Although the connection between them may seem strange, pain in the collarbone can indicate that things are not going well in the abdomen.

The collarbone is the long, thin bone located at the top of the thoracic wall, below the neck and on either side of the breastbone.

According to research, in some cases collarbone pain can indicate that you have a stomach ulcer.

And researchers from the University of Virginia Medical Center said shoulder pain could be the only manifestation of a benign stomach ulcer.

The National Health Service (NHS) guidelines state that the most common symptom of a stomach ulcer is a burning pain in the middle of the abdomen.

The patient may experience other symptoms, such as:

- Indigestion

- Anorexia

Feeling sick

- Weight loss

You may also notice that you belch or get bloated after eating fatty foods

The NHS stated that "complications of stomach ulcers are relatively uncommon, but they can be very serious and potentially life-threatening."

There are other health conditions that can cause collarbone pain, and not all of them are serious. But it's important to see a doctor if you have injured your collarbone or if you have unexplained pain in the area, along with other symptoms.

1. Sleeping position

The cause of collarbone pain may be as simple as how you sleep. And the position you choose when sleeping can hurt your neck, back, and collarbone. And constantly sleeping on the same side can cause you problems.

Medical News Today said that if your sleeping position is the culprit, the pain will lessen over time throughout the day. The health site recommended changing sleeping positions during the night and pillows or mattresses.

2. Pericarditis

Pain in the collarbone may be a symptom of pericarditis, according to Johns Hopkins Medicine.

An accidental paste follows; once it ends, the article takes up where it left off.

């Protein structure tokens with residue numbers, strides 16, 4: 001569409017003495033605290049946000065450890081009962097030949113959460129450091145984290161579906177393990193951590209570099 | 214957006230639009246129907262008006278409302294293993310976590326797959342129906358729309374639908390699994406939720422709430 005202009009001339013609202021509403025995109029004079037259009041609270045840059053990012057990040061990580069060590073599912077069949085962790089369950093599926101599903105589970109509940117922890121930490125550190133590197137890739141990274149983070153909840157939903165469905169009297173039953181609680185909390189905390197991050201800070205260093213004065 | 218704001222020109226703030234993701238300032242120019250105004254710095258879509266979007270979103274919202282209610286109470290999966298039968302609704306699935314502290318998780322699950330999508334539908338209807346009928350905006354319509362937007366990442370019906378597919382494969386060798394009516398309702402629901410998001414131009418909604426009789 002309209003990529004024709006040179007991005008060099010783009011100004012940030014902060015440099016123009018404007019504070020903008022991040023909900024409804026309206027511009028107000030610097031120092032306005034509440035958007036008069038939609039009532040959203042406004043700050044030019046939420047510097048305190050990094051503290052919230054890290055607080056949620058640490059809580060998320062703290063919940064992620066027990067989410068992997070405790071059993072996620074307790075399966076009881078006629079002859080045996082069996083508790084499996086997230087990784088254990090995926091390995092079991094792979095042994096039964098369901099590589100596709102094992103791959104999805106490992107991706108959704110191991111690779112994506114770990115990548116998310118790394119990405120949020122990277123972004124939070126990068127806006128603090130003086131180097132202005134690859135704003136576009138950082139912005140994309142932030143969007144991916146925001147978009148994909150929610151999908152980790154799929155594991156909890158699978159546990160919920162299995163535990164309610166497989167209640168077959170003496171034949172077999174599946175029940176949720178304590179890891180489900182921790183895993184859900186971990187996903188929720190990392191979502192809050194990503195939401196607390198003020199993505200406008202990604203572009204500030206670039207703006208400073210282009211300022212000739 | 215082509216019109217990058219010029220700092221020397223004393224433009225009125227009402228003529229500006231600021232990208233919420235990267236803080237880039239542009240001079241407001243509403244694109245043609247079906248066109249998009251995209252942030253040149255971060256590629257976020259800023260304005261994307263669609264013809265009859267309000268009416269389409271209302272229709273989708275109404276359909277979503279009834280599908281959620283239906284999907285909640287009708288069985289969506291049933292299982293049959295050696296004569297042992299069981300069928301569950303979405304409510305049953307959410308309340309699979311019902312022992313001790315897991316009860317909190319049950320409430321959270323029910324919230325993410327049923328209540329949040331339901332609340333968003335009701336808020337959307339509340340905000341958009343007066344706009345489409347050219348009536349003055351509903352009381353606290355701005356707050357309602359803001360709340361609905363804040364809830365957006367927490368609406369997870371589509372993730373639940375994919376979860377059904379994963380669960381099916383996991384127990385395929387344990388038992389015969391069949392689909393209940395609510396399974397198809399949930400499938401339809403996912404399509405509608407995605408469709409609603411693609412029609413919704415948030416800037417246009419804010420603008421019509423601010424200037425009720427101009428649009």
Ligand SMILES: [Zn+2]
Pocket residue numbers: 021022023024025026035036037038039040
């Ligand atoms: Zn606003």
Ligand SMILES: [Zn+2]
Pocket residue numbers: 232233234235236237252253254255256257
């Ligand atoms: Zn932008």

This occurs when the pericardium, a thin membrane that holds the heart in place and helps it function properly, becomes inflamed.

You may feel sharp pain in the chest, especially felt behind the breastbone and sometimes under the collarbone, neck and left shoulder.

You may feel a heart attack and it will get worse if you take a deep breath, but it will be better if you sit or bend forward.

You may also experience fever, weakness, cough, difficulty breathing, pain when swallowing, and palpitations.

3. Clavicle fracture

You'll know a collarbone fracture if the pain around the area starts suddenly and gets worse as you try to move.

You may also feel or hear creaking or clicking, and experience pain, swelling, bruising or stiffness in the arm.

A condition called distal clavicular osteochondrosis may also cause inflammation of the collarbone. This occurs when small fractures develop at the end of the collarbone closest to the shoulder.

4. Thoracic outlet syndrome

Thoracic outlet syndrome is a group of disorders that result from compression of blood vessels or nerves between the collar bone and the top of the first rib (thoracic outlet).

The syndrome can cause pain in the neck and shoulder, which radiates into the arm, according to the NHS.

It may also cause tingling and weakness in the arm.

5. Joint injury

The acromioclavicular joint is where the collar bone meets the shoulder blade. A fall on the shoulder or a direct blow to it may injure it, causing pain and swelling.

The collarbone may be out of place and you may notice a bulge above the shoulder.

6. Osteoporosis

This is the most common type of arthritis and causes pain and stiffness in the joints.

It mostly affects the knees, hips and small joints of the hands. Osteoarthritis (osteoarthritis) can cause affected joints to contract and crack when you move them.

7. Cancer

Cancer is not a common cause of collarbone pain. But there's a small chance that collarbone pain is a sign of neuroblastoma, a rare type of cancer that mostly affects infants and young children.

It most commonly occurs in one of the adrenal glands above the kidneys, or in the nerve tissue that runs alongside the spinal cord in the neck, chest, abdomen, or pelvis.

It can spread to other organs, such as the bone marrow, lymph nodes, liver, and skin.

8. Osteomyelitis

This is a rare and painful infection of the bones, and it usually causes pain in the long bones of the legs or in the back of the arms.

Although this is unlikely to be the cause of collar bone pain, there are some factors that make a person at risk of developing osteomyelitis, such as a recent bone fracture, an artificial hip or screw in the bone, or a weakened immune system. or diabetes, especially if you also have a foot ulcer.